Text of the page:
Shopping Cart

No products in the cart.

Reply To: The Sacredness of Rituals,” by Kristina Dryža”


Everything I do is a ritual. I follow a prescribed procedure brushing my teeth, shaving, getting dressed, preparing breakfast, writing,.. Nothing is haphazard about the way I live. One day looks a lot like yesterday and tomorrow. I don’t wonder where I am or what’s next ever. I have developed my own rituals that carry me through my life. To follow someone else’s rituals, doing it the way they do it or tell me to do it would not be right. And to submit to someone else’s idea of what should be a ritual for me to submit to is also not on the table. Where does the community take over for the individual, know better than the individual, tell the individual what to do when, where and how?

What, when, where and how constitute essential knowing and are the grounding foundation for living aligned with the Tao, in accord with the Tao, and that is an individual act of knowing that cannot be taken over by the corporate body. Martin Palmer interprets the Tao Te Ching’s “The Tao that can be told/said/explained is not the eternal Tao,” to say, “The path that can be discerned as a path is not a reliable path.” Leaving the individual to fall back on their own sense of what is called for and what needs to be done about it. This connects with Jesus’ saying, “The spirit is like the wind that blows where it will,” which I take to mean “Not even the spirit knows what it will do next, and certainly not what it will do after that!” We wait and see, wait to see, not knowing what we will do next, and it certainly cannot be spelled out in some liturgy or order of service. Spontaneously doing what needs to be done is of the moment, not imposed on the moment as a hoop to jump through.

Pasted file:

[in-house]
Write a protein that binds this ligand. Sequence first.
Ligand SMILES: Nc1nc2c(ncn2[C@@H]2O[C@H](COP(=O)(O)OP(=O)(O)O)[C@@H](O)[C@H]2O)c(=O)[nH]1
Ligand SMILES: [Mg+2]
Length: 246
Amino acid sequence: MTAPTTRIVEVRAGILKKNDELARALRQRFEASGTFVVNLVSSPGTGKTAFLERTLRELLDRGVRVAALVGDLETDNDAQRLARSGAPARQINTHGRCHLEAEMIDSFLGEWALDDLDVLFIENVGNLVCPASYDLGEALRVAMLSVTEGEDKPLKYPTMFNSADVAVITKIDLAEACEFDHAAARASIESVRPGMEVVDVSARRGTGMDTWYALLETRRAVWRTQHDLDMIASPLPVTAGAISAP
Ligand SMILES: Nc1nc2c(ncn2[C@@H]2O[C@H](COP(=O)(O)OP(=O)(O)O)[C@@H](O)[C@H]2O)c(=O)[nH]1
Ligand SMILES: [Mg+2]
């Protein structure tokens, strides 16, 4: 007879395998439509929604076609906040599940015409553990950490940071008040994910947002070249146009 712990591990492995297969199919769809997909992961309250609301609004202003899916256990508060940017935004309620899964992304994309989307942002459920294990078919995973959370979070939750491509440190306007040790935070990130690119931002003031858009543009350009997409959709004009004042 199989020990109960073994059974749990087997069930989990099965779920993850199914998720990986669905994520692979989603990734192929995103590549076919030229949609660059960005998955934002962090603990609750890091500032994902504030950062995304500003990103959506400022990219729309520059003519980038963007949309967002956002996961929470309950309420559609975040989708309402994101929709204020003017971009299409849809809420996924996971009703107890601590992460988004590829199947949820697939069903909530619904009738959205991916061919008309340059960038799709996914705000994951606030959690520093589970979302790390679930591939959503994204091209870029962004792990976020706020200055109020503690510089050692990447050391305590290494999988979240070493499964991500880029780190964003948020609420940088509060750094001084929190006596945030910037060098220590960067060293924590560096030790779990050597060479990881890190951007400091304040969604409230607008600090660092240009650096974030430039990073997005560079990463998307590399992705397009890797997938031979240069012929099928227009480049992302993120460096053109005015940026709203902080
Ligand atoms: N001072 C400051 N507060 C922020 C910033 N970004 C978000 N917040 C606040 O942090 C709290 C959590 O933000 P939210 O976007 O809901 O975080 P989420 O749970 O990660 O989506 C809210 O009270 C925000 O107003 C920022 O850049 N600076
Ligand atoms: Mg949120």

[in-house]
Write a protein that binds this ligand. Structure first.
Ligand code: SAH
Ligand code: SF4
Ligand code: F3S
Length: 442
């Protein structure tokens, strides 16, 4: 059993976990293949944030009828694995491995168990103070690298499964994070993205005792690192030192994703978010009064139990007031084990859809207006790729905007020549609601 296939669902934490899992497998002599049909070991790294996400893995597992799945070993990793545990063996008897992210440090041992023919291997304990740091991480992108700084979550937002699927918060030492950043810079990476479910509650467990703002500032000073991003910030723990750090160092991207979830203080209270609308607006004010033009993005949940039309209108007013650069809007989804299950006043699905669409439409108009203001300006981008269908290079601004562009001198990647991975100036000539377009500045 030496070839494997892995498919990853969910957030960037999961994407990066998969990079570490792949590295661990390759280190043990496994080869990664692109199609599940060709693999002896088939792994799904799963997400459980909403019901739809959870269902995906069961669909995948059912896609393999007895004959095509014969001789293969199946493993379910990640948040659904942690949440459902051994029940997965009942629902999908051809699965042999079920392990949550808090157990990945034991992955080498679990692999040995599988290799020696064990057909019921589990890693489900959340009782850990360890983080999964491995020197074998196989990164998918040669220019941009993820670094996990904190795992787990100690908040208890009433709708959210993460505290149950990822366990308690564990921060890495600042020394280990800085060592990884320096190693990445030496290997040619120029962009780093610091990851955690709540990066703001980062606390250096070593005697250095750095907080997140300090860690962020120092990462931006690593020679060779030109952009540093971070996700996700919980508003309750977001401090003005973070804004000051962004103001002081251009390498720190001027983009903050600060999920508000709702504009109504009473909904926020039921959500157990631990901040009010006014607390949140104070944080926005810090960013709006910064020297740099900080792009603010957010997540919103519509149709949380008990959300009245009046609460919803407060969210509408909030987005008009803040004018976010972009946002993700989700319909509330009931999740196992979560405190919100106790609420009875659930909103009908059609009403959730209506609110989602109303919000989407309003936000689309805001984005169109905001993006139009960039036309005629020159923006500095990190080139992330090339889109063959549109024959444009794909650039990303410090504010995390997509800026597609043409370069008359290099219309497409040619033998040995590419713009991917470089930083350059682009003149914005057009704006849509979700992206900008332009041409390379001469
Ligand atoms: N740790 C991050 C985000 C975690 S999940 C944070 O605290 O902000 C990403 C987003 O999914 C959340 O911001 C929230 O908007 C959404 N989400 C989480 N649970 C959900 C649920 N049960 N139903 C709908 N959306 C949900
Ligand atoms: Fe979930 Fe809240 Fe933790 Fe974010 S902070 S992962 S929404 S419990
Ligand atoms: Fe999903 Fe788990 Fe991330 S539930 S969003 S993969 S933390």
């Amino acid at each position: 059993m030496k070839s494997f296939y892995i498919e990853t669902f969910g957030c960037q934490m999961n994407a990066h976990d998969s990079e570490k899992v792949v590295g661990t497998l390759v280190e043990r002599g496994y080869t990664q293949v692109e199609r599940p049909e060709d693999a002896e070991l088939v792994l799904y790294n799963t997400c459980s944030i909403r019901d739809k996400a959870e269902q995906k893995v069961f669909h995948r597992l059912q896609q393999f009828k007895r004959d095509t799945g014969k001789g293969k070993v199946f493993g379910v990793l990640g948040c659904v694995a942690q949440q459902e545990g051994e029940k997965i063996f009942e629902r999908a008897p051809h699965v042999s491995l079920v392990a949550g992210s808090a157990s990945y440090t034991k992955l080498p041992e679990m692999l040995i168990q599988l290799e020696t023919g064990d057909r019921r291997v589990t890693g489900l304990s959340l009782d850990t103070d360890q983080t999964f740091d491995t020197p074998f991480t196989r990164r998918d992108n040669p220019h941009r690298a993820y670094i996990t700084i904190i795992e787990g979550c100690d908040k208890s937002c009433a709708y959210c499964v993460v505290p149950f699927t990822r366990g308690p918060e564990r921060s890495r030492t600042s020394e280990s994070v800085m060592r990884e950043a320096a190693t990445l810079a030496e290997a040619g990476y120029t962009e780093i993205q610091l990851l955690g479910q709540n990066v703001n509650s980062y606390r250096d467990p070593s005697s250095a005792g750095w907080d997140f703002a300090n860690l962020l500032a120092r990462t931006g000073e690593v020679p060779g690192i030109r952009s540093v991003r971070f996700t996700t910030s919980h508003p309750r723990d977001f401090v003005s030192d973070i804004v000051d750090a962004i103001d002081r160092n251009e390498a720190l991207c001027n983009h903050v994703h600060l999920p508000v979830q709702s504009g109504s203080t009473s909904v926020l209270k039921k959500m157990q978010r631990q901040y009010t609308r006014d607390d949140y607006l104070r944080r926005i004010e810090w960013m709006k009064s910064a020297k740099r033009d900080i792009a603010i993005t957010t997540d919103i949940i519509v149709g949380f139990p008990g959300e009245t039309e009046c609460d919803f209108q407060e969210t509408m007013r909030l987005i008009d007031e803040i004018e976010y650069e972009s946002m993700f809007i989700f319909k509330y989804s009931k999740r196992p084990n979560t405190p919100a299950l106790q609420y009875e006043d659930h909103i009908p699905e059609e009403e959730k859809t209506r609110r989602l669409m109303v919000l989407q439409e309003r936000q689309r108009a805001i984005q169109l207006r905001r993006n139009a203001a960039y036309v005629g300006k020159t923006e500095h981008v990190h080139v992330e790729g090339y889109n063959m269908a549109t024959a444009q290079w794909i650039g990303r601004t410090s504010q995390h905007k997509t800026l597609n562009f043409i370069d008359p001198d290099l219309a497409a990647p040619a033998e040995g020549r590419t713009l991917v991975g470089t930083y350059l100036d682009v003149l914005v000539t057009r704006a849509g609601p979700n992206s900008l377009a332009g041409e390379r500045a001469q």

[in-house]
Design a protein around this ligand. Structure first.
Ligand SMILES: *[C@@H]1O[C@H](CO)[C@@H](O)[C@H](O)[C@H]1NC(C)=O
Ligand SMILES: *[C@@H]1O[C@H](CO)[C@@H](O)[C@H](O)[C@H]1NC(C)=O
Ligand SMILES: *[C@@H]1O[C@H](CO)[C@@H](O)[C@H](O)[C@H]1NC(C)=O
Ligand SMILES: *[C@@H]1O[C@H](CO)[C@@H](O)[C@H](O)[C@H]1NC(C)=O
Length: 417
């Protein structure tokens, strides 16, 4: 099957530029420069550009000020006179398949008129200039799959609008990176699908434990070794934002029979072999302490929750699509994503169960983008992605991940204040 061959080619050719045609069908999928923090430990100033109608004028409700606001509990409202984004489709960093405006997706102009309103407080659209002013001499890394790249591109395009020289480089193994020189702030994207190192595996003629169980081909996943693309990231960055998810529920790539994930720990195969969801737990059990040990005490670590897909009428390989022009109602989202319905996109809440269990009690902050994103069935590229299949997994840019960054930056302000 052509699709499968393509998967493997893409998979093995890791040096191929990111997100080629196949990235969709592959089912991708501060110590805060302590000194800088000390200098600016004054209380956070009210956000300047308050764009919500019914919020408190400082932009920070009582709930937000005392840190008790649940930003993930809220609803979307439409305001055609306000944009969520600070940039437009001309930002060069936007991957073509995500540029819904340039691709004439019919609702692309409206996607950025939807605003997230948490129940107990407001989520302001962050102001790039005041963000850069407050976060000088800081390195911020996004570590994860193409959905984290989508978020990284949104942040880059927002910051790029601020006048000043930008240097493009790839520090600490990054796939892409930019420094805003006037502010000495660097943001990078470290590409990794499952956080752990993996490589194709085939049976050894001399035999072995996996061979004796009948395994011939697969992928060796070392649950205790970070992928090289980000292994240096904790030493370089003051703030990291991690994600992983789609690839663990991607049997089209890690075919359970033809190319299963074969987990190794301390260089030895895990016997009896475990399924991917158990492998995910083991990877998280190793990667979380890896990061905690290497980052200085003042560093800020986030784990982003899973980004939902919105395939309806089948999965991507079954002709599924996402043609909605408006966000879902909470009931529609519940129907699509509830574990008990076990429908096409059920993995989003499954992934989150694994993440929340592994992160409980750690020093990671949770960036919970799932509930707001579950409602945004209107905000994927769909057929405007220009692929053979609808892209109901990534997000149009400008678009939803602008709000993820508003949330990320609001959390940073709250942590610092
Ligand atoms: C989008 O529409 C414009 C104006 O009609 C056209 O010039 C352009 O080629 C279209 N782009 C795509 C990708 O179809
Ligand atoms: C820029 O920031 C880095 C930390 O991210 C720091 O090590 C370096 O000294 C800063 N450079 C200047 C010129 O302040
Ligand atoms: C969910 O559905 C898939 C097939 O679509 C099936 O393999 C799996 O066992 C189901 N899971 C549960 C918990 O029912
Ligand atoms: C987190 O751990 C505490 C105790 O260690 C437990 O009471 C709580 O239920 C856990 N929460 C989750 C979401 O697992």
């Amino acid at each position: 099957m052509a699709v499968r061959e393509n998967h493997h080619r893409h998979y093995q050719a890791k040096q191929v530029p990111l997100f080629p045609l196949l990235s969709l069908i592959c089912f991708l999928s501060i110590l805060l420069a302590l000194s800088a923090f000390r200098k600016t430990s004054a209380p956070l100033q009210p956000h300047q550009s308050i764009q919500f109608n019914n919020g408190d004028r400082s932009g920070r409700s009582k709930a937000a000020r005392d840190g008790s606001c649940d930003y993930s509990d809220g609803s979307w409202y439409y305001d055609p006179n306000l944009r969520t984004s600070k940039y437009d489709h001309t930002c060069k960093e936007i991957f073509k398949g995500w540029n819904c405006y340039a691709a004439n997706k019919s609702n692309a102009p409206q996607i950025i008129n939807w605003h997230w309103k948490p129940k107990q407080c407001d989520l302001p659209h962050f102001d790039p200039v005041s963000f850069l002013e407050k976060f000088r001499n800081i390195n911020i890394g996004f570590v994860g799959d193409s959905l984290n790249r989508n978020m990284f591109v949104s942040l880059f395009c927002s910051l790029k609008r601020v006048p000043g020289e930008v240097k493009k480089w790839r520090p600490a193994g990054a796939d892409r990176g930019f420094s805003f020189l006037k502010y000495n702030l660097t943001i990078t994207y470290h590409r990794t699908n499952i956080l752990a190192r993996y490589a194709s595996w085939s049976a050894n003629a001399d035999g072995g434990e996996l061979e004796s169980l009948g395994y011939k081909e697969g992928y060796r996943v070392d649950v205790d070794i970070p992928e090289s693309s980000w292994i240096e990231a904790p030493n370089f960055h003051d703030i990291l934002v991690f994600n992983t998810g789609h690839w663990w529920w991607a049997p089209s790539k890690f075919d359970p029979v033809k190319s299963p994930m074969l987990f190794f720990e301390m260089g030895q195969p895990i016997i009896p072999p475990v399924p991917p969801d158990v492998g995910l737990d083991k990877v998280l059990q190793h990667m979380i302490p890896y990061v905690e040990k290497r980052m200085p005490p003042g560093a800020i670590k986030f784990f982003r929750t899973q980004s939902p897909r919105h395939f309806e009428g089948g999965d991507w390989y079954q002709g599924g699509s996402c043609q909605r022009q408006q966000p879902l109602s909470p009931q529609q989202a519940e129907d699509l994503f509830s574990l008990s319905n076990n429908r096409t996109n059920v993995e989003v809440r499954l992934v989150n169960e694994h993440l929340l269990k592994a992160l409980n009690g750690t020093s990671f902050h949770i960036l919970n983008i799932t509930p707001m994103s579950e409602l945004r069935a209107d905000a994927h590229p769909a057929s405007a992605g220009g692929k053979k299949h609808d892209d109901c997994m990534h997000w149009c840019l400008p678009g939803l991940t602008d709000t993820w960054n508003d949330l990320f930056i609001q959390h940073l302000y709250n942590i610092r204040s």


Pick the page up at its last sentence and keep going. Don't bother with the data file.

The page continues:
The rites and rituals that carried ancient peoples through their day/month/year would not fit our world or our life. But we have those that work for us, reading the newspaper, or streaming it, getting on the subway, etc carries us through our day/month/year. And we each have to approach The Mystery in our own way. Artificial rituals designed by someone else won’t deliver us to the Source. Worship cannot be called to order. It is a spontaneous response of the seeker to the sought, the moved to the mover, the known to the knower. Beyond corporate control.